Meniere’s disease is a disorder of the inner ear, although still not fully understood, it is thought to be resulting from irregular composition or volume of endolymph, the fluid that fills the semicircular canals, in the inner ear. There are several possible causes of Meniere’s disease this includes an anatomical abnormality in the inner ear that causes the blockage of fluid, allergies, trauma to the head, viral infection, migraines or abnormal immune response.
- Tinnitus – roaring sound in the ear
- Hearing loss – usually this come and go even without treatment, mostly affects only one ear
- Ear pain or pressure
The symptom of Meniere’s usually begins with an increase in the pressure in the ear, this is followed by tinnitus that increases gradually then hearing slowly decrease and the person begins to feel dizzy. Once vertigo sets in, the person may then feel nauseated and even vomit.
The attack may last briefly for 20 minutes but may persist for several hours. After which the signs and symptoms will just resolve and the person may be symptom free for some time.
The intensity and frequency of each episode may differ from one person to another. Some may only experience mild symptoms but can have tinnitus that can affect one’s sleep or daily activities.
Benign Paroxysmal Positional Vertigo or BPPV – This result from the movement of the otolith, which is a very small particle made of calcium inside the ear. The otolith organs detect the movement of your head and its relation to gravity. For some reason the otolith can be dislodged and move into the semicircular canals and affect the movement of the fluid inside thereby causing it to send irregular nerve impulses to the brain making the person get dizzy.
- Blurring of vision
- Nausea and vomiting
BPPV is usually triggered by a sudden change in the position of the head like when lying down, tipping the head up and down or turning over. Vertigo associated with BPPV usually lasts for just a couple of minutes then gradually subsides by keeping the head steady.
A therapy known as the Epley Maneuver can be performed by your doctor and it can relieve dizziness associated with BPPV most of the time.
Central Vertigo refers to the dizziness or vertigo that result from a problem in the brain.
The area of the brain that is usually affected is the brainstem or cerebellum. Dizziness can be a symptom of a more serious illness if not properly diagnosed.
Disorders that can cause central vertigo may include:
- Alcohol Intoxication
- Brain Tumor
- Aneurysm – Blood vessel disorder, can be life threating
- Certain medications such as anticonvulsants and aspirin
- Multiple sclerosis
The symptoms of central vertigo may include the following listed below and immediate medical attention is needed to rule out stroke or cardiac problems.
- Numbness or tingling of one side of the body
- Severe crushing headache
- High grade fever – 101 F (38 C) and above
- Loss of vision
- Slurring of speech
- Leg or arm weakness
- Loss of consciousness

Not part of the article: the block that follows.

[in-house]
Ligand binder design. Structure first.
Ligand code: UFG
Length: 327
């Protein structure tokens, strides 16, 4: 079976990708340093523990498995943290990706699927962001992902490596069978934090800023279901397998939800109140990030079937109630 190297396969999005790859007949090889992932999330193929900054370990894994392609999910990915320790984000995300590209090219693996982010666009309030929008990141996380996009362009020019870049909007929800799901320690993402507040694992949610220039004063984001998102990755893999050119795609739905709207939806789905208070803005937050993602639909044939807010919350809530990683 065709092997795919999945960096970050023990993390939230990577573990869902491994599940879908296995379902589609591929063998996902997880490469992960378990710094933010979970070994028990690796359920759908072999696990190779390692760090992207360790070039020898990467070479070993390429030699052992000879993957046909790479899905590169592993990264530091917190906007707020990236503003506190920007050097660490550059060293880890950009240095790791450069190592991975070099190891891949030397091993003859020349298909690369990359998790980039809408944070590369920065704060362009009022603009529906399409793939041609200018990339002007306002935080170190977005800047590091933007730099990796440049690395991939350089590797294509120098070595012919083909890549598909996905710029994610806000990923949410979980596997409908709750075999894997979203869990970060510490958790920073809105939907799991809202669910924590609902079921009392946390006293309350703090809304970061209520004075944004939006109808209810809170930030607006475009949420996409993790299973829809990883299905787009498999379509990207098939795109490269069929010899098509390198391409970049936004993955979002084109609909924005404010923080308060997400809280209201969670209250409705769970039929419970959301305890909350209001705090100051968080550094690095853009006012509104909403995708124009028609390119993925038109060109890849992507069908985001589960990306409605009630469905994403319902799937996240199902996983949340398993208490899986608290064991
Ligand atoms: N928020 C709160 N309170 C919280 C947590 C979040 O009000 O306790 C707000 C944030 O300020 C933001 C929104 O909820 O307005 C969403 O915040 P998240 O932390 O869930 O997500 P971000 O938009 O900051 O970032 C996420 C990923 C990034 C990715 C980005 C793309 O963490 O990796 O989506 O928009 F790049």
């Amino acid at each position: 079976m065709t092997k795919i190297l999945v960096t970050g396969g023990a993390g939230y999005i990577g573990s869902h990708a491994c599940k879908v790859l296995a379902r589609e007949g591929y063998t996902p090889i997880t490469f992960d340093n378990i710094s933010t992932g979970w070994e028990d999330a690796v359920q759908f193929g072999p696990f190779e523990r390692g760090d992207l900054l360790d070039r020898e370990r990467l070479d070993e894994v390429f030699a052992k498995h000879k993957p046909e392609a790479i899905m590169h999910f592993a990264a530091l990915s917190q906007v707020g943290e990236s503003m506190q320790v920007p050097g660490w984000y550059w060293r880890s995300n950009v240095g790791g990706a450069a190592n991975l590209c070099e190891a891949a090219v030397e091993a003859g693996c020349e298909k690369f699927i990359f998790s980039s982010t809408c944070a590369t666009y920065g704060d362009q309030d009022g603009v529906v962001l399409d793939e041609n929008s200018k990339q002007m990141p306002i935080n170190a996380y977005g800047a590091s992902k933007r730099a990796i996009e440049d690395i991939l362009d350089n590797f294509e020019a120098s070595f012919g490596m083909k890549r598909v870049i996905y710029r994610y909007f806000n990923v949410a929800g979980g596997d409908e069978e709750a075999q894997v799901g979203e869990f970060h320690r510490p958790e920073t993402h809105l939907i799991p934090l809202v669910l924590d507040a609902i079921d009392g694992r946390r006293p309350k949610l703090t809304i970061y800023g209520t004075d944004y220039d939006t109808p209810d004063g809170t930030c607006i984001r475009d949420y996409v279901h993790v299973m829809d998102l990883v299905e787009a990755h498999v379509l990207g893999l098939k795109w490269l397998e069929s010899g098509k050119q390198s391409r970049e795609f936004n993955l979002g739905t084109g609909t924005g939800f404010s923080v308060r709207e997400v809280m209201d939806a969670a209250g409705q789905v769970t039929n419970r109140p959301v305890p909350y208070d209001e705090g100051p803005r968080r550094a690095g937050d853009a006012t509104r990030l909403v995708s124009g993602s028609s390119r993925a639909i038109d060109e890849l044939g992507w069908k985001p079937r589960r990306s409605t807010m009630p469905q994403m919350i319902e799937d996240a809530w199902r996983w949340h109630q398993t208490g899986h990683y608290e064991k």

- Chest pain, or rapid or slow heart rate
Vertigo Diagnostic Tests - What to Expect
The first step in diagnosing vertigo is to determine if the patient is really suffering from vertigo or dizziness. This is why your doctor will immediately ask you whether you feel like you or the room is spinning, or if you feel lightheaded.
If you answer that you just feel lightheaded, then it can be suggestive of abnormality in blood pressure, blood sugar levels, hyperventilation, irregular heart rhythm, bleeding, anxiety, stress or fatigue.
However, if you answer that you feel like the room is spinning, then you are experiencing vertigo. Your doctor may perform several more tests to determine the cause of your vertigo.
- Blood tests – To check for presence of infection.
- Romberg test – The doctor will have you stand with your eyes open and feet together, then maintain your balance while your eyes are closed.
- Vestibular testing – To check for any involuntary movements of the eye (nystagmus).
- Fukuda-Unterberger test – In this test, the patient will have to close the eyes and march in place while trying not to lean to the side.
- Head-Thrust test – To check for eye movement, you will have to look at your doctor’s nose and then he or she will make a quick head movement and see if there are any movement of your eyes.
In some instances, the doctor will require you to undergo diagnostic imaging tests like CT-Scan or MRI to rule out vertigo associated disorders. Presence of neurological signs like slurring of speech, poor muscle coordination, loss of consciousness, vomiting, numbness of extremities or weakness of one side of the body can be warning signs of stroke and are considered as a medical emergency.
OTHER POSSIBLE TESTS:
Routine laboratory tests may include:
- CBC (complete blood count)
- Thyroid function tests ECG (electrocardiogram) with rhythm strip
- MPPI (Minnesota Multiphasic Personality Inventory)
- VEMP (vestibular evoked myogenic potentials) testing
- An audiogram to assess the extent of hearing loss
It may also include specialized tests such as:
- Magnetic resonance imaging/magnetic resonance angiography (MRI/MRA) scan
- EEG (electroencephalogram)